Predictors for Healing Complications
1 Understand the relationship between healing complication predictors and the etiology of complications.
2 Recognize the relevance of healing complication predictors in treatment planning.
3 Recognize important predictors for pulp necrosis, root resorption, arrested root development, loss of marginal bone and tooth loss.
4 Recognize the use of predictors in an interactive program on www.dentaltraumaguide.org to assess the risk for individual trauma cases.
PULPAL HEALING AND PULPAL NECROSIS
Two main scenarios are involved in the development of infected pulp necrosis. The first is invasion of bacteria through dentinal tubules or directly to exposed pulpal tissue. The second follows rupture of the neurovascular supply to the pulp through the apical foramen, associated with a leak in the PDL, resulting in subsequent infection of the ischemic pulp.
The strongest healing predictor appears to be dislocation of the tooth in the socket (luxation diagnosis) followed by the size of the apical foramen.211 The larger the diameter, the more likely the chances are for pulpal revascularization. Other predictors shown in the illustration have also been found to have implications.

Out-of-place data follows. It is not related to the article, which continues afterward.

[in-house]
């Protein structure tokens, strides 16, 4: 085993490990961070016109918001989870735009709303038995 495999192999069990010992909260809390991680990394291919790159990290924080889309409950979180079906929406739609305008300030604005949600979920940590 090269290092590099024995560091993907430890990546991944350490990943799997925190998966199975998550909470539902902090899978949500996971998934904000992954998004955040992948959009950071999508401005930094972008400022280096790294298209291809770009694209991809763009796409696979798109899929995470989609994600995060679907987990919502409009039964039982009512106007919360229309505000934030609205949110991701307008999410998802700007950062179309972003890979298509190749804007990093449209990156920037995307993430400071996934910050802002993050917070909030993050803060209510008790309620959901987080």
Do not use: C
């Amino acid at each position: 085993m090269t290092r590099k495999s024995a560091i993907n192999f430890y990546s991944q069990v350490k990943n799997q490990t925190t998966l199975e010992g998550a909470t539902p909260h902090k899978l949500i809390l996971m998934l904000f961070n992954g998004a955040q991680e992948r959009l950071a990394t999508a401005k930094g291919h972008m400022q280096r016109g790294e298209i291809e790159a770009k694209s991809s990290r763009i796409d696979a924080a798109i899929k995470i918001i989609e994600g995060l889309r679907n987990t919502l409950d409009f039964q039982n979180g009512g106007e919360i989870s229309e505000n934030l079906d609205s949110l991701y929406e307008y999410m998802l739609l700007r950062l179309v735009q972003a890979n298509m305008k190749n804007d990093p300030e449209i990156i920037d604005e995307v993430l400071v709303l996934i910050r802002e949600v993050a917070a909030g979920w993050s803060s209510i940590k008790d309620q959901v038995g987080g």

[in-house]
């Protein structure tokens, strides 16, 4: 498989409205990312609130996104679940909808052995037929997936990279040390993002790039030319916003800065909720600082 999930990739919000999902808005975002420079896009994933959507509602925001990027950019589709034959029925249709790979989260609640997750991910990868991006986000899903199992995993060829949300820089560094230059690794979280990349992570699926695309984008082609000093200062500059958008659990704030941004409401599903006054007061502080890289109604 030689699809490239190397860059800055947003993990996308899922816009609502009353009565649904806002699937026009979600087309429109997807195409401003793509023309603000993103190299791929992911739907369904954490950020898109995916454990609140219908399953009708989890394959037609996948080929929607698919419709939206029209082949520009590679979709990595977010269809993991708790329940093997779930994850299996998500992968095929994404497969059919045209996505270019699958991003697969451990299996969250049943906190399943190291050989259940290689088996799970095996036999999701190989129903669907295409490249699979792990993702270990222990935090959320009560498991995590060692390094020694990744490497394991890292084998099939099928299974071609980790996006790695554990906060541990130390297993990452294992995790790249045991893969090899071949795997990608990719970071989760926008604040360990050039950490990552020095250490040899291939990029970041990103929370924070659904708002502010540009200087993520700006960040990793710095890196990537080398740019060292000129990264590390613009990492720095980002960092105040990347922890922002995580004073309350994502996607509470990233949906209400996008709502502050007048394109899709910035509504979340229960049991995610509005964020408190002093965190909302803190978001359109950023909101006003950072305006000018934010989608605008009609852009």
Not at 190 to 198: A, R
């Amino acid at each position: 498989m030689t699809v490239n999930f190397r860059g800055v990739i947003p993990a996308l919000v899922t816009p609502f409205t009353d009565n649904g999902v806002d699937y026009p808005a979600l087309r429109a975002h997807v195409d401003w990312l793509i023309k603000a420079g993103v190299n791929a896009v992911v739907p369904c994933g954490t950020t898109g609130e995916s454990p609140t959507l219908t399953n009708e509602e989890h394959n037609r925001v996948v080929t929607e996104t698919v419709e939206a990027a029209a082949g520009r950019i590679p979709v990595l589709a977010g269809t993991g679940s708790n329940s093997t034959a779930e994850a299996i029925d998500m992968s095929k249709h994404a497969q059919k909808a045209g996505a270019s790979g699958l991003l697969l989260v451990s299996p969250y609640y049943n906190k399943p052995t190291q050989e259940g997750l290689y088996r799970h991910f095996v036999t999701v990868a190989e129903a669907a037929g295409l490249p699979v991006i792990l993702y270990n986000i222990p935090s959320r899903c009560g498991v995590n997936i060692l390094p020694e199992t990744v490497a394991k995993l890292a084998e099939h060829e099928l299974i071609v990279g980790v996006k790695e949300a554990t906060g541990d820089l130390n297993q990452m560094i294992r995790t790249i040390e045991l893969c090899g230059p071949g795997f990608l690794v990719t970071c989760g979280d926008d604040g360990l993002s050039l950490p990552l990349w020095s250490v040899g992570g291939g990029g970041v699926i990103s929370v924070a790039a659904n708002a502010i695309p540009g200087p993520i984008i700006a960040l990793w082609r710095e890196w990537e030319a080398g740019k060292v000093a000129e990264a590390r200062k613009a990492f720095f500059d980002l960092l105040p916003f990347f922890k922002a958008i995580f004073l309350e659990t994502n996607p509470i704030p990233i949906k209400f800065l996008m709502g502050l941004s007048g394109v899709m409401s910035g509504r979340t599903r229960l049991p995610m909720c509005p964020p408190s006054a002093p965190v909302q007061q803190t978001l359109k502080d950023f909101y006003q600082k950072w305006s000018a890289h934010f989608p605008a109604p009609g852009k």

Predictors for pulp necrosis
- Size of apical foramen
- Luxation with displacement
- Length of pulp tissue (apex to coronal dentin)
- Compression of apical pulpal tissue (intrusion)
- External contaminants (avulsion)
- Dentin exposure
- Pulpal exposure
- Exactness of repositioning following displacement
PDL HEALING AND ROOT RESORPTION
A minor injury to the PDL, such as isolated rupture of PDL fibers, is generally followed by complete regeneration of the tissue. In more severe dental trauma (e.g. lateral luxation or intrusive luxation), in which tissue damage includes adjacent bony tissue, recruitment of osteoclasts often occurs, leading to resorption of the root surface. The result is repair-related resorption (surface resorption), ankylosis-related resorption or infection-related resorption.
DISTURBED/ARRESTED ROOT DEVELOPMENT
Luxation injuries involving teeth with incomplete root development may cause damage to Hertwig’s epithelial root sheath (HERS), a structure responsible for the morphology and shape of the root.211 Any significant damage to this structure will result in partial or total arrest of further root formation through direct physical dama/>